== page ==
Section: Graph and Algorithms

16. "Trivializing'' generalizations of some Izergin-Korepin-type determinants

Tewodros Amdeberhan ; Doron Zeilberger.
We generalize (and hence trivialize and routinize) numerous explicit evaluations of determinants and pfaffians due to Kuperberg, as well as a determinant of Tsuchiya. The level of generality of our statements render their proofs easy and routine, by using Dodgson Condensation and/or Krattenthaler's factor exhaustion method.
Section: Combinatorics

17. Note on the weighted internal path length of b-ary trees

Ludger Rüschendorf ; Eva-Maria Schopp.
In a recent paper Broutin and Devroye (2005) have studied the height of a class of edge-weighted random trees.This is a class of trees growing in continuous time which includes many wellknown trees as examples. In this paper we derive a limit theorem for the internal path length for this class of trees.For the proof we extend a limit theorem in Neininger and Rüschendorf (2004) to recursive sequences of random variables with continuous time parameter.
Section: Analysis of Algorithms

18. FP/FIFO scheduling: coexistence of deterministic and probabilistic QoS guarantees

Pascale Minet ; Steven Martin ; Leila Azouz Saidane ; Skander Azzaz.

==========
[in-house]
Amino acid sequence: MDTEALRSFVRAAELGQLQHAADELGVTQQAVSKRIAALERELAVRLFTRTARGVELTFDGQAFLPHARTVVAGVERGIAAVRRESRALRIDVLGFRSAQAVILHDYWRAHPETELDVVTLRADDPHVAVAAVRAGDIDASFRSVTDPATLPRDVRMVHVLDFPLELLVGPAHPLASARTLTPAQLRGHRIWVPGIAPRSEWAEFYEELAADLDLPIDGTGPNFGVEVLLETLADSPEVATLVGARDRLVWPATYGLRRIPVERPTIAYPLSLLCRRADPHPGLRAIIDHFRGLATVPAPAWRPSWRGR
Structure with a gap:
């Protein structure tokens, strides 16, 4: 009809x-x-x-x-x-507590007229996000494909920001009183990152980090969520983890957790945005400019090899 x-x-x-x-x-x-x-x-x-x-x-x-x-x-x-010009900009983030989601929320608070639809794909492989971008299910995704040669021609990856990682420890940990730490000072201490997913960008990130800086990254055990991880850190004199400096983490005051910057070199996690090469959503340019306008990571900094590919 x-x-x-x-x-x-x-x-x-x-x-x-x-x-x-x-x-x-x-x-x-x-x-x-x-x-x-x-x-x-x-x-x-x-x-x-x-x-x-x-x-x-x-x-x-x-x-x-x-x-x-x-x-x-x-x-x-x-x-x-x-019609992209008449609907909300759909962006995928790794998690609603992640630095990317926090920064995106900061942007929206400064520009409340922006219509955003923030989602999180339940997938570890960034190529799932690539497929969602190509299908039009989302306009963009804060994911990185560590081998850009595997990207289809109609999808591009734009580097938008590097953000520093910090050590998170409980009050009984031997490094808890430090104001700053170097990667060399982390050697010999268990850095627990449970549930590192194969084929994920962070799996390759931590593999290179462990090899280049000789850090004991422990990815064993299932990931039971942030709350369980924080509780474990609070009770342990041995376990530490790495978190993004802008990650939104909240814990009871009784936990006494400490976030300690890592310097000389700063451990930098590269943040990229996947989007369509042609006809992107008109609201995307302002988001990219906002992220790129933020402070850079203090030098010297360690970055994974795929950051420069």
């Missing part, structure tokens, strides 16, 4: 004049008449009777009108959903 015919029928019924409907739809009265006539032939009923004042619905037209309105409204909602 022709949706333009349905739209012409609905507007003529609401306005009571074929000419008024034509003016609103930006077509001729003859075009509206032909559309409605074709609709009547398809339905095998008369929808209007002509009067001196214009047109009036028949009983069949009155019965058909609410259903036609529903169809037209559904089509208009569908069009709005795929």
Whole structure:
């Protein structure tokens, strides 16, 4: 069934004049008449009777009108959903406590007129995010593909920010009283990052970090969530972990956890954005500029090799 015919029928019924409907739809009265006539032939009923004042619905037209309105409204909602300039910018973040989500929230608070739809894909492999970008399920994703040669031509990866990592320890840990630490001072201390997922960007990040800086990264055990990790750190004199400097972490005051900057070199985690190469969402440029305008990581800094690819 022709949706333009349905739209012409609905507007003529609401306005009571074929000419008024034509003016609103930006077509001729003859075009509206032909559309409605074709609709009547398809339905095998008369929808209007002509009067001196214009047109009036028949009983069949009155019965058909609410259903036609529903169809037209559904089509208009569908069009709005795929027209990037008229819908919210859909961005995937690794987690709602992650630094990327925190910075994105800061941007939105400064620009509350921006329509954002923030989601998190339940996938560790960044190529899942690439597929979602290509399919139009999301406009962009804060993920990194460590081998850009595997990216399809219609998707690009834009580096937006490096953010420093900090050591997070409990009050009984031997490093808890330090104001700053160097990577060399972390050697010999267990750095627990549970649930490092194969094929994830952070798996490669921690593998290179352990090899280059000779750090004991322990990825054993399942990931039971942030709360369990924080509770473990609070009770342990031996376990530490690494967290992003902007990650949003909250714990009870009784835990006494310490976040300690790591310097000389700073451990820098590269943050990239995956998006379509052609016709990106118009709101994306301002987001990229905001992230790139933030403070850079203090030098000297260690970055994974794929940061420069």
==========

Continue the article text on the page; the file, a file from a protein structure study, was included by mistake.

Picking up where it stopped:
In this paper, we focus on applications having quantitative QoS (Quality of Service) requirements on their end-to-end response time (or jitter). We propose a solution allowing the coexistence of two types of quantitative QoS garantees, deterministic and probabilistic, while providing a high resource utilization. Our solution combines the advantages of the deterministic approach and the probabilistic one. The deterministic approach is based on a worst case analysis. The probabilistic approach uses a mathematical model to obtain the probability that the response time exceeds a given value. We assume that flows are scheduled according to non-preemptive FP/FIFO. The packet with the highest fixed priority is scheduled first. If two packets share the same priority, the packet arrived first is scheduled first. We make no particular assumption concerning the flow priority and the nature of the QoS guarantee requested by the flow. An admission control derived from these results is then proposed, allowing each flow to receive a quantitative QoS guarantee adapted to its QoS requirements. An example illustrates the merits of the coexistence of deterministic and probabilistic QoS guarantees.